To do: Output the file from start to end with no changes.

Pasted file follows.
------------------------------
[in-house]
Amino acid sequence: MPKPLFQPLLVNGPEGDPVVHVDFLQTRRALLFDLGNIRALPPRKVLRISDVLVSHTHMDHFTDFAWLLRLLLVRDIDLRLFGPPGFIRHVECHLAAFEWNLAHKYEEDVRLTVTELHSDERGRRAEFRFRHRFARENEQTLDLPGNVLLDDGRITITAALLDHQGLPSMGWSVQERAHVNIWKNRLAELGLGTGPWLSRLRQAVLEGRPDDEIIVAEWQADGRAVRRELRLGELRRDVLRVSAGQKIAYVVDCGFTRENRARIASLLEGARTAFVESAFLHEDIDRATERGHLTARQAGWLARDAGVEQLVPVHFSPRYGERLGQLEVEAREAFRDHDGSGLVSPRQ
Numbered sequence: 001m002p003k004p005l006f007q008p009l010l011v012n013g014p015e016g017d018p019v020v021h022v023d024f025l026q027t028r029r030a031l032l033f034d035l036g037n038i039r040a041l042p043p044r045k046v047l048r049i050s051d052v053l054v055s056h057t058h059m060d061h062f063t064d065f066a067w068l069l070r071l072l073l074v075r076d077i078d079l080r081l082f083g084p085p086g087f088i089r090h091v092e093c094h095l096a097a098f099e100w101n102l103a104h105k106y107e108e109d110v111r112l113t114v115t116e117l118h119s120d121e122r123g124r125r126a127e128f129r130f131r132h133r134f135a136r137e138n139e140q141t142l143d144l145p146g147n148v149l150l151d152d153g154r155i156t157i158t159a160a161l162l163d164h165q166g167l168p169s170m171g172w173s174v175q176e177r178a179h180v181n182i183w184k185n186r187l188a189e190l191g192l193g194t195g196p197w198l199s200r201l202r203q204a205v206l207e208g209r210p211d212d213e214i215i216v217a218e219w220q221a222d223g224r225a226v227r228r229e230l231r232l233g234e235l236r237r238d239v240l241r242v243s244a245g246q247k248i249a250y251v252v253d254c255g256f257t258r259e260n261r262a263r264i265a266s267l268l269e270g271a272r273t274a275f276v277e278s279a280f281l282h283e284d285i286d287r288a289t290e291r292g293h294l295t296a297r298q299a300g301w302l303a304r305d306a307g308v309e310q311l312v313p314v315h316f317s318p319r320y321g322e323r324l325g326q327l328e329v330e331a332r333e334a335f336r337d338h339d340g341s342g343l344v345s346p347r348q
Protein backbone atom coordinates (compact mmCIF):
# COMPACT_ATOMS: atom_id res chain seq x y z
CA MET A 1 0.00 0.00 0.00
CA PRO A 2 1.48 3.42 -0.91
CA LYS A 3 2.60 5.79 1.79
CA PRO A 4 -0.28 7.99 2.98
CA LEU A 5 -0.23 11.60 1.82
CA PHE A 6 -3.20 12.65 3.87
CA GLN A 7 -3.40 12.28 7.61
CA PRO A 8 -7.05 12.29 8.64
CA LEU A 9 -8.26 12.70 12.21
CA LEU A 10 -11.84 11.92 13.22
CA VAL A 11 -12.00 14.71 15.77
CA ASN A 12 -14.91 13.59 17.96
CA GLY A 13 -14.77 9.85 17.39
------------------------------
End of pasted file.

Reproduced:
[in-house]
Amino acid sequence: MPKPLFQPLLVNGPEGDPVVHVDFLQTRRALLFDLGNIRALPPRKVLRISDVLVSHTHMDHFTDFAWLLRLLLVRDIDLRLFGPPGFIRHVECHLAAFEWNLAHKYEEDVRLTVTELHSDERGRRAEFRFRHRFARENEQTLDLPGNVLLDDGRITITAALLDHQGLPSMGWSVQERAHVNIWKNRLAELGLGTGPWLSRLRQAVLEGRPDDEIIVAEWQADGRAVRRELRLGELRRDVLRVSAGQKIAYVVDCGFTRENRARIASLLEGARTAFVESAFLHEDIDRATERGHLTARQAGWLARDAGVEQLVPVHFSPRYGERLGQLEVEAREAFRDHDGSGLVSPRQ
Numbered sequence: 001m002p003k004p005l006f007q008p009l010l011v012n013g014p015e016g017d018p019v020v021h022v023d024f025l026q027t028r029r030a031l032l033f034d035l036g037n038i039r040a041l042p043p044r045k046v047l048r049i050s051d052v053l054v055s056h057t058h059m060d061h062f063t064d065f066a067w068l069l070r071l072l073l074v075r076d077i078d079l080r081l082f083g084p085p086g087f088i089r090h091v092e093c094h095l096a097a098f099e100w101n102l103a104h105k106y107e108e109d110v111r112l113t114v115t116e117l118h119s120d121e122r123g124r125r126a127e128f129r130f131r132h133r134f135a136r137e138n139e140q141t142l143d144l145p146g147n148v149l150l151d152d153g154r155i156t157i158t159a160a161l162l163d164h165q166g167l168p169s170m171g172w173s174v175q176e177r178a179h180v181n182i183w184k185n186r187l188a189e190l191g192l193g194t195g196p197w198l199s200r201l202r203q204a205v206l207e208g209r210p211d212d213e214i215i216v217a218e219w220q221a222d223g224r225a226v227r228r229e230l231r232l233g234e235l236r237r238d239v240l241r242v243s244a245g246q247k248i249a250y251v252v253d254c255g256f257t258r259e260n261r262a263r264i265a266s267l268l269e270g271a272r273t274a275f276v277e278s279a280f281l282h283e284d285i286d287r288a289t290e291r292g293h294l295t296a297r298q299a300g301w302l303a304r305d306a307g308v309e310q311l312v313p314v315h316f317s318p319r320y321g322e323r324l325g326q327l328e329v330e331a332r333e334a335f336r337d338h339d340g341s342g343l344v345s346p347r348q
Protein backbone atom coordinates (compact mmCIF):
# COMPACT_ATOMS: atom_id res chain seq x y z
CA MET A 1 0.00 0.00 0.00
CA PRO A 2 1.48 3.42 -0.91
CA LYS A 3 2.60 5.79 1.79
CA PRO A 4 -0.28 7.99 2.98
CA LEU A 5 -0.23 11.60 1.82
CA PHE A 6 -3.20 12.65 3.87
CA GLN A 7 -3.40 12.28 7.61
CA PRO A 8 -7.05 12.29 8.64
CA LEU A 9 -8.26 12.70 12.21
CA LEU A 10 -11.84 11.92 13.22
CA VAL A 11 -12.00 14.71 15.77
CA ASN A 12 -14.91 13.59 17.96
CA GLY A 13 -14.77 9.85 17.39